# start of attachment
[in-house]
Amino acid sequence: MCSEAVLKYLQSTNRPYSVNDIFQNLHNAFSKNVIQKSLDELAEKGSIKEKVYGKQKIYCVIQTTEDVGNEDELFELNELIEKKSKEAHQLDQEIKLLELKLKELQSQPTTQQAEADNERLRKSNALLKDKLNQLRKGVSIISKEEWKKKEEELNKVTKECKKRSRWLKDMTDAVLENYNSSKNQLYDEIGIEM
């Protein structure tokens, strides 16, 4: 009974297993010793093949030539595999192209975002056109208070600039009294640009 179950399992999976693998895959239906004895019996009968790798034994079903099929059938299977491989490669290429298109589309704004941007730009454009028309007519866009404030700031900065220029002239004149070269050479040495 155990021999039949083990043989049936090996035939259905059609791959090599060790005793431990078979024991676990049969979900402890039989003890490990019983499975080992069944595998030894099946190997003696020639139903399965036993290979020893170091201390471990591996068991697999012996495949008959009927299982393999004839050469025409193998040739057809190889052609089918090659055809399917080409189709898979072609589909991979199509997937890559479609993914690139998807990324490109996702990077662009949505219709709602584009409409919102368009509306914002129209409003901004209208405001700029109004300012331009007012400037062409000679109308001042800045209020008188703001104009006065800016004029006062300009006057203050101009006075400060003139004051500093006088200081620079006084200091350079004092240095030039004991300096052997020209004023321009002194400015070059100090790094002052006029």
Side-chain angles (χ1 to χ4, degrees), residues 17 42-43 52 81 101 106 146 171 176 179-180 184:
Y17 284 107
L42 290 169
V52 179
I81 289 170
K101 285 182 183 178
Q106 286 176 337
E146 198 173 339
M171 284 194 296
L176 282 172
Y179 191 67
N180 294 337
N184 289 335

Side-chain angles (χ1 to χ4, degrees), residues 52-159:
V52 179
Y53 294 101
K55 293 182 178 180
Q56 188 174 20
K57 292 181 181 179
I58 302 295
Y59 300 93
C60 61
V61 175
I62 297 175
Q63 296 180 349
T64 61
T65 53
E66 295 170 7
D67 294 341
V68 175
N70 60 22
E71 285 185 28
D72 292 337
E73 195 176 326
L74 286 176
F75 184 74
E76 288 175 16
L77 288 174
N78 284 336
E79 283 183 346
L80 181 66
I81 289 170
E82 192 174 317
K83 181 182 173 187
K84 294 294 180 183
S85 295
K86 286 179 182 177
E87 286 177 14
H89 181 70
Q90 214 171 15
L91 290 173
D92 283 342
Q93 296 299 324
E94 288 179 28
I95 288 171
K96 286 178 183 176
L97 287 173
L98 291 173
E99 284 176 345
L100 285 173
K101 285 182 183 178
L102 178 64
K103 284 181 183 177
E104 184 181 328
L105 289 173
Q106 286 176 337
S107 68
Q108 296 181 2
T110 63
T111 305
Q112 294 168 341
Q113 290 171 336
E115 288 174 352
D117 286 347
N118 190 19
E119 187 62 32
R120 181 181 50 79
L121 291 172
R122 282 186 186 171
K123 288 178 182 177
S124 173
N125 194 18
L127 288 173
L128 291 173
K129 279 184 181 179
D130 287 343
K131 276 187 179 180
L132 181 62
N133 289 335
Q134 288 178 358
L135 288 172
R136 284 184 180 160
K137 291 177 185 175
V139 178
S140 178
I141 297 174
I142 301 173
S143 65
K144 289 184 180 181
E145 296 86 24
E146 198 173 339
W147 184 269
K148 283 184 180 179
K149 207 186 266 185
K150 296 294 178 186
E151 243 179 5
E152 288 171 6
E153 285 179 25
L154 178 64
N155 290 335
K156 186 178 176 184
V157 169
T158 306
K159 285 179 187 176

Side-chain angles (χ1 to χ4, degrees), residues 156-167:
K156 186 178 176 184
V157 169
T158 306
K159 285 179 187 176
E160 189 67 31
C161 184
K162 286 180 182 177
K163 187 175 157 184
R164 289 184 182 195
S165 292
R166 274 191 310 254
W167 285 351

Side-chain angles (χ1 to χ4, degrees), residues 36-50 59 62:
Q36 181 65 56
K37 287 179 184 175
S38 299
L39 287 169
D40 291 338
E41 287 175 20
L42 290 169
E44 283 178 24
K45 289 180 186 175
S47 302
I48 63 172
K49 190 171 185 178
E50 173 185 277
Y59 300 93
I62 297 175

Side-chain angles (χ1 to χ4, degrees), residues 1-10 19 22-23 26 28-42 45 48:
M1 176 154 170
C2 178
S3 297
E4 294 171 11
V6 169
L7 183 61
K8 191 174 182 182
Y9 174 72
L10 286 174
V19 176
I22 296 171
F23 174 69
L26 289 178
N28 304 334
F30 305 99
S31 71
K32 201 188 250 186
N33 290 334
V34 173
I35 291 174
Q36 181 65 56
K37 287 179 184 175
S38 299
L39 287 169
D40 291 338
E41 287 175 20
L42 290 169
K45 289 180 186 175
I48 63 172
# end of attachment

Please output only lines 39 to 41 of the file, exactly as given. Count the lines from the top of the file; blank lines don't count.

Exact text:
F75 184 74
E76 288 175 16
L77 288 174